ESC/NSC-enriched gene sets were compared with each hematopoietic cluster. These results are summarized in Fig. 3. Gene products enriched in all three SC types belong to a variety of functional categories. Several identified gene products have been previously implicated in the regulation of different types of SCs. Transcription factors Edr1 andTcf3 have been shown to sustain the activity of HSCs (19) and epidermal SCs (20), respectively, whereas EfnB2 and Hes1 have been implicated in control of NSC proliferation (21, 22). Analyses of EST collections indicate that many of the HSC- ESC- and NSC-enriched genes are also expressed in other tissues (7). This may suggest more general functional roles in a broader array of SC populations.

Figure 3

Overlapping gene expression in diverse murine SCs. (A) Venn diagram detailing shared and distinct gene expression among NSCs, ESCs, and HSCs. (B) A summary of the number of different genes expressed in diverse stem cell compartments in relation to each other and compared with the above defined hematopoietic clusters. A complete list of HSC-related genes also enriched in NSCs and/or ESCs is presented in Database S4.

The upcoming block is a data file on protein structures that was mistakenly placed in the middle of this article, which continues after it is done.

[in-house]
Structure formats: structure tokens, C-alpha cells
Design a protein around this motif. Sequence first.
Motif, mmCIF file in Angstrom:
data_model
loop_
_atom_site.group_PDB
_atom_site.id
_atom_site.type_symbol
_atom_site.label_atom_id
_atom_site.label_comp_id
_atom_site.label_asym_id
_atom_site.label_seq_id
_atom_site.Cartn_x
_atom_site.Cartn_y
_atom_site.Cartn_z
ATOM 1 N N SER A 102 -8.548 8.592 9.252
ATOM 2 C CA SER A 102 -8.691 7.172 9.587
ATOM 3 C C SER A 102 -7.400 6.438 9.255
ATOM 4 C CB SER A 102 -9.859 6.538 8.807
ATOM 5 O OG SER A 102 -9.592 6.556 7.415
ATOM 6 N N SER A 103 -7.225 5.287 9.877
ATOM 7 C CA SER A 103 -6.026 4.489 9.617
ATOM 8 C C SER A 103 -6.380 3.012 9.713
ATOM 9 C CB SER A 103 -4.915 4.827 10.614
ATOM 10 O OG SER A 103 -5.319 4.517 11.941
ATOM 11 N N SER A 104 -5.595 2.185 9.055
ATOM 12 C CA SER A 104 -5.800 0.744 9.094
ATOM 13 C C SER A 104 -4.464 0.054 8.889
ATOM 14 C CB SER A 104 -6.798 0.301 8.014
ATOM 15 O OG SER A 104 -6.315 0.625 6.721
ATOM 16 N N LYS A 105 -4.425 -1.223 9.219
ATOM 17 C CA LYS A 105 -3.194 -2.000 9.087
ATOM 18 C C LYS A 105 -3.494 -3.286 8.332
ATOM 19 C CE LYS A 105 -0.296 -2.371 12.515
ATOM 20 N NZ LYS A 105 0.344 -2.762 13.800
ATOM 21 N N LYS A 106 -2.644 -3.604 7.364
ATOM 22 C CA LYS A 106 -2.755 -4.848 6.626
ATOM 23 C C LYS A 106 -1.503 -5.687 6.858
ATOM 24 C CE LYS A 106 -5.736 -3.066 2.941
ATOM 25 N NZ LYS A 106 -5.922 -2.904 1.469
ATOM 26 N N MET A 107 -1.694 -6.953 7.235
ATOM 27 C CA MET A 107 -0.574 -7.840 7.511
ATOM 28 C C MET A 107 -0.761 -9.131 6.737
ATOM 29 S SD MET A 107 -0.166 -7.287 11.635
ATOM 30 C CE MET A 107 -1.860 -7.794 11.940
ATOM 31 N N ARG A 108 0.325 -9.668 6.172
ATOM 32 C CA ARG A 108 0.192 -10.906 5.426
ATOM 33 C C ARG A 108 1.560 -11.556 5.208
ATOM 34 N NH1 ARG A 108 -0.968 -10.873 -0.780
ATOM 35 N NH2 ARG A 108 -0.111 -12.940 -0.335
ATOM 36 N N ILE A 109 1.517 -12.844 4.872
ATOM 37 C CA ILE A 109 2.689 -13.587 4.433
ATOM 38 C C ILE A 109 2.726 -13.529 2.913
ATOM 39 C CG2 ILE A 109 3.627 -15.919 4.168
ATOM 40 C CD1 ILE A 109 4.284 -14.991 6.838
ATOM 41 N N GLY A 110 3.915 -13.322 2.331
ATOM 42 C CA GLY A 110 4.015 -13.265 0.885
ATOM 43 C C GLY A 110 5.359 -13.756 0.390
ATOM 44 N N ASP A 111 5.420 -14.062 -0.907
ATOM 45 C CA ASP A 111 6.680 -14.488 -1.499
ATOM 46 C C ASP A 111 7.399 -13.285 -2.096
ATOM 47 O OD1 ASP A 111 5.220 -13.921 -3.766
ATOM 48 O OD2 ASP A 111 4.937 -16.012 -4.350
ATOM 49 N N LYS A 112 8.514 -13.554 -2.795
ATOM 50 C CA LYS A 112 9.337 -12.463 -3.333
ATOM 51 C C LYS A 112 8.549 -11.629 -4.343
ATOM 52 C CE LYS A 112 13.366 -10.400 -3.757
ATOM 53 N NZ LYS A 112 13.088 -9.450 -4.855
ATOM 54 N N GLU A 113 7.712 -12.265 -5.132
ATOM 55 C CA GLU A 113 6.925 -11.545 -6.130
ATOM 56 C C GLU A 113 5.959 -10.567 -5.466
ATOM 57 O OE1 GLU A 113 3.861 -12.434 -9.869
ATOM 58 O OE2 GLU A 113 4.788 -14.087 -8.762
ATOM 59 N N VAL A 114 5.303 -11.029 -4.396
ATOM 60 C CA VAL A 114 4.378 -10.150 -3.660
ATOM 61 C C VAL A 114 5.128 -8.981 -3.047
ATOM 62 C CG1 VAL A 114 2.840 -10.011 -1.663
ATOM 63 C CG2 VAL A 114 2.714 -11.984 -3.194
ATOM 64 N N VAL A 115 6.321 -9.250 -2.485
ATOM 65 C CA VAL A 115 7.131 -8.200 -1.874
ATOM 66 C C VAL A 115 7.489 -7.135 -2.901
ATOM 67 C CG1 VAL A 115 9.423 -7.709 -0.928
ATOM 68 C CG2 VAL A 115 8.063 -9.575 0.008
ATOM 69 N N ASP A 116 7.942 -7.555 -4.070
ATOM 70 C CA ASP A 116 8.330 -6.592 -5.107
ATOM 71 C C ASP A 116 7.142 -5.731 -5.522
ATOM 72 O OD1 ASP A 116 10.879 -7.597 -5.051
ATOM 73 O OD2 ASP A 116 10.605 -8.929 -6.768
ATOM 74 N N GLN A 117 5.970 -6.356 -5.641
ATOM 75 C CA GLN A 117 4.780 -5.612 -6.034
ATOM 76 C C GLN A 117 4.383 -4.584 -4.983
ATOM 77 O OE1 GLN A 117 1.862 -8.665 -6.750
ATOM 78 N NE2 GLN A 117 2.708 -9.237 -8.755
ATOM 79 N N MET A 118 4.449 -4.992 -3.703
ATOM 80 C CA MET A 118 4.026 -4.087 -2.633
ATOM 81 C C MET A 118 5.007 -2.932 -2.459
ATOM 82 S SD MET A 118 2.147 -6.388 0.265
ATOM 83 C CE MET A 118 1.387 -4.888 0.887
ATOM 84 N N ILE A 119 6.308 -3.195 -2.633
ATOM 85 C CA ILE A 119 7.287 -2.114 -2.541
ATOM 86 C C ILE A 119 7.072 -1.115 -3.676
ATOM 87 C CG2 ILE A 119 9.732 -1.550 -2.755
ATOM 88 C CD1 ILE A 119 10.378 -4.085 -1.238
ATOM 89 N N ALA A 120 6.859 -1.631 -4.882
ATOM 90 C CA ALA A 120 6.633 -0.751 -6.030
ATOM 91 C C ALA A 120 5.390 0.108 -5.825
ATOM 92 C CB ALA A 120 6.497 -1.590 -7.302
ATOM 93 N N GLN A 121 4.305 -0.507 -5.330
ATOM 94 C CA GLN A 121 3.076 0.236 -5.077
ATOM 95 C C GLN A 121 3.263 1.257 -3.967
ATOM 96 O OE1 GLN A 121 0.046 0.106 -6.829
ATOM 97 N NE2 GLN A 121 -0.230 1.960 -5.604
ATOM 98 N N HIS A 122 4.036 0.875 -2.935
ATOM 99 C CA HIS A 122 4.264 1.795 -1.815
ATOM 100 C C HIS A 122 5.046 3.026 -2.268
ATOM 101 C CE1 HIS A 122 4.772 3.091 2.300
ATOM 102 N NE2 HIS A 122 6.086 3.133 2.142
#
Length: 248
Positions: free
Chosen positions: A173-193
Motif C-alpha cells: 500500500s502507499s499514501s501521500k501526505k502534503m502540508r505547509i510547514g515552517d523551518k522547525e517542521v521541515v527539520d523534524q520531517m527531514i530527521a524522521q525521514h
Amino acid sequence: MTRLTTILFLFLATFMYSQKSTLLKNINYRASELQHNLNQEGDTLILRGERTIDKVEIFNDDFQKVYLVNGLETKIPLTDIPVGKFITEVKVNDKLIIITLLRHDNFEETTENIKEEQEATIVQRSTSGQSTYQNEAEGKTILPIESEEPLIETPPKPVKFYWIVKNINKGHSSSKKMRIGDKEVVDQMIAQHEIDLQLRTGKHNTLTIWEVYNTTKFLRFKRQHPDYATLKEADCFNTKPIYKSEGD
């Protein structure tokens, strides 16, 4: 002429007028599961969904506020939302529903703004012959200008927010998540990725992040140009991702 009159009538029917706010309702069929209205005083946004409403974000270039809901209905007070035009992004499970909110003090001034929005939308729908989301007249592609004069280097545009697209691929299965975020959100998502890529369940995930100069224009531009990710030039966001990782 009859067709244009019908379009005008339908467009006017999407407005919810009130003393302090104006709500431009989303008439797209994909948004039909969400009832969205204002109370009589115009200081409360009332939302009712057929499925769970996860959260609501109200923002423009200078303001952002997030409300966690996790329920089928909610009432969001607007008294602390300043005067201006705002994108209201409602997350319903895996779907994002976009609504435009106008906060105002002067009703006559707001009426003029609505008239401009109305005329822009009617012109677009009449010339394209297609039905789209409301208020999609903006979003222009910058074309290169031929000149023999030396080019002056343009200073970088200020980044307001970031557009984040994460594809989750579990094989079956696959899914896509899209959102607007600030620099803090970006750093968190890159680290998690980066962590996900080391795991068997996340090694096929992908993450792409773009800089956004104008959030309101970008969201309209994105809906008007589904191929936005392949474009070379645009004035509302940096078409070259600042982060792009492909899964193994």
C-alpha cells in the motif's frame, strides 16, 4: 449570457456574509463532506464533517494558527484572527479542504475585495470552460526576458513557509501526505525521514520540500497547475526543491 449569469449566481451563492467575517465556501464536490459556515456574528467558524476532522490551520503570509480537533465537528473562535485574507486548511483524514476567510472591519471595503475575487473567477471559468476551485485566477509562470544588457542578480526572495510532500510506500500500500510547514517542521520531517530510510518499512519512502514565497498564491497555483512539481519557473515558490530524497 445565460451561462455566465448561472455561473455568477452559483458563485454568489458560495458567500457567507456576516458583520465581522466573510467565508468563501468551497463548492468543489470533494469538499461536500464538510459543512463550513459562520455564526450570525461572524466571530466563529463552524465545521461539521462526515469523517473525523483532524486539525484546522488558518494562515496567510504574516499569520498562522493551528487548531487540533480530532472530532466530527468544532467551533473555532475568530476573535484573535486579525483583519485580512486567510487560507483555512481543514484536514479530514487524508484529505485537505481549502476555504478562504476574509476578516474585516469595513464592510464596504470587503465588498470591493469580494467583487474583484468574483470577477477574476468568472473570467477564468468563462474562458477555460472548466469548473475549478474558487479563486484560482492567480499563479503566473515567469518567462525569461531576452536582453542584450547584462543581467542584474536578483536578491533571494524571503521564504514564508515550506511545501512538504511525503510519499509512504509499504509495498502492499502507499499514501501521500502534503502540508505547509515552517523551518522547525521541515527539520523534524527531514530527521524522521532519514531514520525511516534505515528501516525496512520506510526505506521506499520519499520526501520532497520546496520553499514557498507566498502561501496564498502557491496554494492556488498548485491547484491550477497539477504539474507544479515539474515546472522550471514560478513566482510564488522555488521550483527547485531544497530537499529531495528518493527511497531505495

In summary, we have determined the molecular similarities and differences among five distinct SC populations, specifically, human fetal HSCs, murine fetal and adult HSCs, NSCs, and ESCs. The similarities define a common SC genetic program or SC molecular signature. It is likely that hallmark properties shared by all SCs, such as the ability to balance self-renewal and differentiation, will be governed by shared molecular mechanisms. As such, numerous components of these molecular mechanisms are likely to be contained within the SC molecular signature presented here.

Supporting Online Material

www.sciencemag.org/cgi/content/full/1073823/DC1

Materials and Methods

Fig. S1 to S5

Tables S1 to S4

Databases (Excel files) 1 to 4

  • * To whom correspondence should be addressed: E-mail: ilemischka{at}molbio.princeton.edu

REFERENCES AND NOTES

View Abstract

Navigate This Article